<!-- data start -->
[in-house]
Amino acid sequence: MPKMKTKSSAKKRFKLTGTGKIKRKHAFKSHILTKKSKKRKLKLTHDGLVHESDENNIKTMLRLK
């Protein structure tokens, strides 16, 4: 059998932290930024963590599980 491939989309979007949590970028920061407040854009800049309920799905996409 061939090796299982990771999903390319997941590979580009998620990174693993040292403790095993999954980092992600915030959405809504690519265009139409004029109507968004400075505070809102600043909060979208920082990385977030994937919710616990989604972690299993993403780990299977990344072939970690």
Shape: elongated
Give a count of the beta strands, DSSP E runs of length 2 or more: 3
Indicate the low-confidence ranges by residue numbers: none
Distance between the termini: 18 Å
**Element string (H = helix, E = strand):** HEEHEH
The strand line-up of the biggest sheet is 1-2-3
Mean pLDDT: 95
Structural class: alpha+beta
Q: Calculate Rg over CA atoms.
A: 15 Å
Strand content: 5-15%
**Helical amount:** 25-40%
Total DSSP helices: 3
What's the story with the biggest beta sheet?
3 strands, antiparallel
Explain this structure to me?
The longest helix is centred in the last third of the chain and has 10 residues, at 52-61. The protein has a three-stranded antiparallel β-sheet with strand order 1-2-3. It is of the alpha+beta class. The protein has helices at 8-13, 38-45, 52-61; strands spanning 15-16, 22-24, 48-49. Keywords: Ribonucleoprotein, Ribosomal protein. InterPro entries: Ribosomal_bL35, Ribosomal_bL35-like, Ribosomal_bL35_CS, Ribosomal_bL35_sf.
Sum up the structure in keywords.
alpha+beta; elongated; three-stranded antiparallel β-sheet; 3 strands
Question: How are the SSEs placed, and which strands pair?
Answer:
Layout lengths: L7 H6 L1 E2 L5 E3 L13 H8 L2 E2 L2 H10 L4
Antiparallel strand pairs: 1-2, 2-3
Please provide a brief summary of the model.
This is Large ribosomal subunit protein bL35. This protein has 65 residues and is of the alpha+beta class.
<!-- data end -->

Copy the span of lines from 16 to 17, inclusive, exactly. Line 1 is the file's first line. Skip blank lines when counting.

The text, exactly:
Total DSSP helices: 3
What's the story with the biggest beta sheet?